MGN submitted that the fact that the particulars of justification did not make the "legal career" and "family" allegations did not mean that MGN could not or will not prove the whole of the libel's defamatory 'sting'.

The Claimant submitted that the "legal career" and "family" elements of the meaning clearly made a significant contribution to the sting otherwise they would not have been included by Warby J. Having accepted the judge's decision that these elements were enquired to be incorporated into the single meaning in order to encapsulate the full defamatory sting of the article, MGN could not now argue that proof of its particulars of justification could establish that the article was true.


Giving the judgment, Lord Justice Laws concluded that once a publication's meaning has been ascertained, its defamatory sting, if there is one, will no doubt be manifest. However, he concluded that "the meaning [of the publication] having been found, it remains open to MGN to raise arguments as to the intensity of the libel’s sting.” In some instances the meaning of words and their defamatory sting ineluctably go together, "but not always".

Law LJ held that the essence of the sting was the assertion of "a selfish disruption of that committed family relationship". The extent to which the "family" and "legal career" elements went to that essential sting were to be ascertained by fact-finding at trial. He then concluded that what facts were proved was one thing, but whether they justify a libel's sting is another. The meaning of a defamatory statement does not necessarily establish the intensity of its sting.


The Court of Appeal's division of 'meaning' and 'sting' is unusual. Preceding case law has not drawn such a clear distinction and it has been assumed, at least by practitioners, that the terms were synonymous. Once meaning was determined by a judge, that meaning encapsulated the entire defamatory sting of the article.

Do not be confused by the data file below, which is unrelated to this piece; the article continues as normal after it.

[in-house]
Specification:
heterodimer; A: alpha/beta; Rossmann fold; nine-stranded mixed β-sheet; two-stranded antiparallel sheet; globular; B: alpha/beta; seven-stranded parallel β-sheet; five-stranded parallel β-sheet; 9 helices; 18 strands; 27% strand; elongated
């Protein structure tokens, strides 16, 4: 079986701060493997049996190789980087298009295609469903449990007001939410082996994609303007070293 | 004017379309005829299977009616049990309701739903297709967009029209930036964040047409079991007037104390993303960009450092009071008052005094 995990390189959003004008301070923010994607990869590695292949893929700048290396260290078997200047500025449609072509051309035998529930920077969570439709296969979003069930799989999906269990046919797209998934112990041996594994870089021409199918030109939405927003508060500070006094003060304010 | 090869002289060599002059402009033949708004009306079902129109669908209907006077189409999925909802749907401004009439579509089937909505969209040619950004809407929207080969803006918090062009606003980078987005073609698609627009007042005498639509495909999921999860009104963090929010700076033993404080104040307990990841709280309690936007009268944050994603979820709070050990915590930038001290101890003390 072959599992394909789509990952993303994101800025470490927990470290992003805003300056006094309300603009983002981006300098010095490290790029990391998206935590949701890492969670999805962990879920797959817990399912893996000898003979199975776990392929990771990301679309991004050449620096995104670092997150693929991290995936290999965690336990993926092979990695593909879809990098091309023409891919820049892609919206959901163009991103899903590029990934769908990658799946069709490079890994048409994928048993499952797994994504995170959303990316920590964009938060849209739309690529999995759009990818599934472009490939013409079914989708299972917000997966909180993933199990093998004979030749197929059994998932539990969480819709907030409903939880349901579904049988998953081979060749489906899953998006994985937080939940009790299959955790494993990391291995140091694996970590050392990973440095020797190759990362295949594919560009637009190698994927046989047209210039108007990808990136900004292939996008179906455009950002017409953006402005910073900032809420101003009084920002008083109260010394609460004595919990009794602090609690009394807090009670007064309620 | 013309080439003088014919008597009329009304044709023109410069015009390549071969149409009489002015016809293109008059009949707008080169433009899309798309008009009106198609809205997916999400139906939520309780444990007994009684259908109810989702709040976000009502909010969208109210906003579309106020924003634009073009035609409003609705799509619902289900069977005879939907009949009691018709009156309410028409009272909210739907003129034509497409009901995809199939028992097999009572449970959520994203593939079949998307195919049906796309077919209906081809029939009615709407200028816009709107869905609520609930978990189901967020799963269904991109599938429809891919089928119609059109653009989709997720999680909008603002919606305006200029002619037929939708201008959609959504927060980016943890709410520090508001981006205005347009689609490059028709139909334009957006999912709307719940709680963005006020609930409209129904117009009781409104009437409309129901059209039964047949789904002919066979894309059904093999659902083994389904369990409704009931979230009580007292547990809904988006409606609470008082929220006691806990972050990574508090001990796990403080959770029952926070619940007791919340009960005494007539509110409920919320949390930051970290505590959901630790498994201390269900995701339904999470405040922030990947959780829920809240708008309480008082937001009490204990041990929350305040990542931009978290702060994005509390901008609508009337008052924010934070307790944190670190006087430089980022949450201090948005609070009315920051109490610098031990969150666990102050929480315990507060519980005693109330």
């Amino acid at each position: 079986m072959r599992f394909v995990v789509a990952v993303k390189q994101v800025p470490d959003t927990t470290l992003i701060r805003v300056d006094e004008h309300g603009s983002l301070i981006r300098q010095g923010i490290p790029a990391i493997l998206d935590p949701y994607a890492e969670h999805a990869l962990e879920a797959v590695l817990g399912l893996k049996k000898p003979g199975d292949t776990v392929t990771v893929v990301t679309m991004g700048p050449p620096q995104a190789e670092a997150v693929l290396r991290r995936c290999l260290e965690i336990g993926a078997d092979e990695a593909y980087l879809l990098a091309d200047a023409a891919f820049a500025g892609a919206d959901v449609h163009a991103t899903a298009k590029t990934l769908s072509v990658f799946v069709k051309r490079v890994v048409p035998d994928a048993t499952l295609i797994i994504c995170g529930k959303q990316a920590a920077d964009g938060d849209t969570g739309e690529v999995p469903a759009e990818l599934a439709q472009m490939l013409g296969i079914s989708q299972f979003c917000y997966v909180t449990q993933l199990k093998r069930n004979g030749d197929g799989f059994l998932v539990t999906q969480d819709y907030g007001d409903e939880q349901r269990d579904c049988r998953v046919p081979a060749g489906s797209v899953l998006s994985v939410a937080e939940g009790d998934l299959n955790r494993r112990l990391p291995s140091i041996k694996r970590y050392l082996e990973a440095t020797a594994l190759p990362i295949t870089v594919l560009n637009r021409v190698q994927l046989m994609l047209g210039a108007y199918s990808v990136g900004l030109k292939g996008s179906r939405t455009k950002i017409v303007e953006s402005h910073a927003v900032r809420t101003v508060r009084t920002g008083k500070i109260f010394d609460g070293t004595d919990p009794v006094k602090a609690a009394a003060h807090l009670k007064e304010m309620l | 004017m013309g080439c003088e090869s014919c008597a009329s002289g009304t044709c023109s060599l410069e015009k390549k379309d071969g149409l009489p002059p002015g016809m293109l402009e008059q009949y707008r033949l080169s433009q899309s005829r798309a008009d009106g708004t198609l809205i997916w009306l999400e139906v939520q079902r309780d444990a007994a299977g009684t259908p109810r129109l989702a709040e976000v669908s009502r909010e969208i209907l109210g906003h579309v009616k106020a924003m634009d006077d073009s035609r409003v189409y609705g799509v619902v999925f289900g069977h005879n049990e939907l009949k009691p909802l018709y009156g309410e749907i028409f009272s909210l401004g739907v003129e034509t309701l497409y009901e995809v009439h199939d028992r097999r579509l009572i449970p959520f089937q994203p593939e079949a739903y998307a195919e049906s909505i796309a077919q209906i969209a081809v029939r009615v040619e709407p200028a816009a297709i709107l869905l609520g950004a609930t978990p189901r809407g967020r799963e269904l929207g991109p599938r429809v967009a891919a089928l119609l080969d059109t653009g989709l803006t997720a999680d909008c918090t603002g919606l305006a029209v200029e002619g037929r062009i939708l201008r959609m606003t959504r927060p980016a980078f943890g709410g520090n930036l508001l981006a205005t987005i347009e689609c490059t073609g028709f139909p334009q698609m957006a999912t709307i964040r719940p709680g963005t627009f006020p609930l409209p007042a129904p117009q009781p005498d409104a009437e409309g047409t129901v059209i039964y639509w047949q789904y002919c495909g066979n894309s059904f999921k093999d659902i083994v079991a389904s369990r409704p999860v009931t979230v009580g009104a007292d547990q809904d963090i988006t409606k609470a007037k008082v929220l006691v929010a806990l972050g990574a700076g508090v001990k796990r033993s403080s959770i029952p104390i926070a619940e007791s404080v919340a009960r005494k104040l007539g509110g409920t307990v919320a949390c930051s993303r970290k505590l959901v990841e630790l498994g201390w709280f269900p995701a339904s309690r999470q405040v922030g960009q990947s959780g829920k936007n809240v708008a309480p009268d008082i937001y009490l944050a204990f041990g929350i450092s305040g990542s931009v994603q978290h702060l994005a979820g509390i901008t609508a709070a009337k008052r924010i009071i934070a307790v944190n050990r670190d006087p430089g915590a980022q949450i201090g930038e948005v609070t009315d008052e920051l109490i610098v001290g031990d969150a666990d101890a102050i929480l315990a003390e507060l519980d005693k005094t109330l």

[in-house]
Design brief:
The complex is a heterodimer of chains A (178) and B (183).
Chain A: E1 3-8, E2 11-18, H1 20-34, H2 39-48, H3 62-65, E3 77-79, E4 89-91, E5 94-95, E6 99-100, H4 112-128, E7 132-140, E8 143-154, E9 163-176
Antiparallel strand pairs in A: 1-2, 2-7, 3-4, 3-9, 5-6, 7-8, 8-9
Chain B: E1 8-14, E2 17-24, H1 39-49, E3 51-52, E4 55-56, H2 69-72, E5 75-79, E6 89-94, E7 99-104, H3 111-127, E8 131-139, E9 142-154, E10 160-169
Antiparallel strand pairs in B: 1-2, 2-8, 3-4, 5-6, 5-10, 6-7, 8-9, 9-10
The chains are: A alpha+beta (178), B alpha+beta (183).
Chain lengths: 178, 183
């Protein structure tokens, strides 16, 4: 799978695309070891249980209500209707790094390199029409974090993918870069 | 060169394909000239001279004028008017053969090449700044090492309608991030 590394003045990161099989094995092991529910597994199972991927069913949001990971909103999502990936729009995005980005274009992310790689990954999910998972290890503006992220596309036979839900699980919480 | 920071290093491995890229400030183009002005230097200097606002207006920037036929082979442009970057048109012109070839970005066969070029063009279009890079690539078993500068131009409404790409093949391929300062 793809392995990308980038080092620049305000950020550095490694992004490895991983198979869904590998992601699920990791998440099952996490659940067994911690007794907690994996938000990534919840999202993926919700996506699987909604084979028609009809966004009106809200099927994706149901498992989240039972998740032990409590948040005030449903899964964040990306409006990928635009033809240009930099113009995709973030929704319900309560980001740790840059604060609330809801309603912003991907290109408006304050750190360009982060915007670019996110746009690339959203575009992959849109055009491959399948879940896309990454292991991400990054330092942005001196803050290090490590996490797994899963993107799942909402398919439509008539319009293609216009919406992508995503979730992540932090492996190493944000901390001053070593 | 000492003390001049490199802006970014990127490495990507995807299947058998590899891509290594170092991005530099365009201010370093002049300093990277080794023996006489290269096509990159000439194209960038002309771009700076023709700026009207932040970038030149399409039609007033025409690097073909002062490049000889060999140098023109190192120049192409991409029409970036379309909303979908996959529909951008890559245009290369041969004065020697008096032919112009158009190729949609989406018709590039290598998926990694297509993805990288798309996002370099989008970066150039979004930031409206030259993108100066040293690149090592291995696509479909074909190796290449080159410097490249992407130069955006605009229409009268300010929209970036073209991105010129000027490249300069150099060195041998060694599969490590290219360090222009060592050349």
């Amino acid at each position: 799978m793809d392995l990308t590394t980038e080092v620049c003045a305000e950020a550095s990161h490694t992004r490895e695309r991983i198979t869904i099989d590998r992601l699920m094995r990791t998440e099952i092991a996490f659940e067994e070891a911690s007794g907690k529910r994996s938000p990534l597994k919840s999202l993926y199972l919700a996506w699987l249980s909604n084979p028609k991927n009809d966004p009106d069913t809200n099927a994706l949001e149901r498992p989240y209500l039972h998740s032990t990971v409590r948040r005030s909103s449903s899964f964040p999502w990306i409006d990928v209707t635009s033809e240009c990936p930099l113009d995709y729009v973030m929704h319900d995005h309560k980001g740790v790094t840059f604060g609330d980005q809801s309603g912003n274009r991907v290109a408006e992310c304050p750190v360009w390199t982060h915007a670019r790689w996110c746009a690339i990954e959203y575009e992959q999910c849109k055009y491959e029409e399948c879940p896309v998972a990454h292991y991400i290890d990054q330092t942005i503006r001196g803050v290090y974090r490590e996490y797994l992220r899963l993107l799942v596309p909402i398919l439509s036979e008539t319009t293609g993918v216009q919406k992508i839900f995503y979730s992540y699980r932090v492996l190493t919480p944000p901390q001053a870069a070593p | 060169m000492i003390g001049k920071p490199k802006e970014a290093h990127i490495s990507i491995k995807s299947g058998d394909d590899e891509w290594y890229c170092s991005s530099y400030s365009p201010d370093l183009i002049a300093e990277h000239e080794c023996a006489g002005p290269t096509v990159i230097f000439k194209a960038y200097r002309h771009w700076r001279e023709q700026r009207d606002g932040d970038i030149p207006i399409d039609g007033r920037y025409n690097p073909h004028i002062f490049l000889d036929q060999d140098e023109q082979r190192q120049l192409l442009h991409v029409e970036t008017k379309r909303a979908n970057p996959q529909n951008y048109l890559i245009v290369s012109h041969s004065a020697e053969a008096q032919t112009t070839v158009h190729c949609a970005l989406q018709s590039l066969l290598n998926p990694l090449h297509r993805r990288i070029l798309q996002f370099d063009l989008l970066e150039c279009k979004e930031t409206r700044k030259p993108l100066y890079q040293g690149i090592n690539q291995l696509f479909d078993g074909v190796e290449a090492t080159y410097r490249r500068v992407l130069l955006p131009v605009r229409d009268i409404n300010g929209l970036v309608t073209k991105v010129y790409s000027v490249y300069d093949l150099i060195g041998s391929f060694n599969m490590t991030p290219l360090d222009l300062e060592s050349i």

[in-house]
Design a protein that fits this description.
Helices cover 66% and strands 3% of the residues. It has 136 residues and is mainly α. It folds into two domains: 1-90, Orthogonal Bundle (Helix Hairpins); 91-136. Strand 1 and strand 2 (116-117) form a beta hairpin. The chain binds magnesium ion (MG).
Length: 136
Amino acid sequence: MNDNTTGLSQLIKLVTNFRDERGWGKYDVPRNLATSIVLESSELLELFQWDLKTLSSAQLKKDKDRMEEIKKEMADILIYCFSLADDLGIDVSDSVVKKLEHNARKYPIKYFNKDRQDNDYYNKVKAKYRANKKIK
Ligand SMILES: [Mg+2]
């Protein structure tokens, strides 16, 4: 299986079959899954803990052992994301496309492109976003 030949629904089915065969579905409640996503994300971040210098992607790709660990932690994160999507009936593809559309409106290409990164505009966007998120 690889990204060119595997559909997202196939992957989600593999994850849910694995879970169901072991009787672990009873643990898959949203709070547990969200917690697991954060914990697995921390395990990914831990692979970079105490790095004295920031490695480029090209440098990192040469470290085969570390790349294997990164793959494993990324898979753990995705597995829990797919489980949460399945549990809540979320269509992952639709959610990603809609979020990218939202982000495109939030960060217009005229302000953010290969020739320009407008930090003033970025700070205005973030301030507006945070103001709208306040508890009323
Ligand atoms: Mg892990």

The practical effect of this ruling may be far reaching. Even though this decision is under the pre-existing common law, it will undoubtedly influence the interpretation of the truth defence in section 2 of the Defamation Act 2013 which requires a defendant asserting this defence to prove that the 'imputation' (i.e. meaning) of the statement is substantially true.

This ruling potentially gives defendants a second bite of the cherry if a meaning is initially determined which does not correspond with a defendant's pleaded defence of truth. Determinations of meaning by preliminary issue may be rendered nugatory if a defendant can challenge that meaning by arguing that the 'sting' was different. Prior to this decision, it was understood that once meaning had been decided, it was that, and only that, which the defendant must prove to be substantially true in order for his defence to succeed. Defendants now have the potential to argue that it is not the case that “The meaning of the words and their defamatory sting (and its intensity) ineluctably go together.”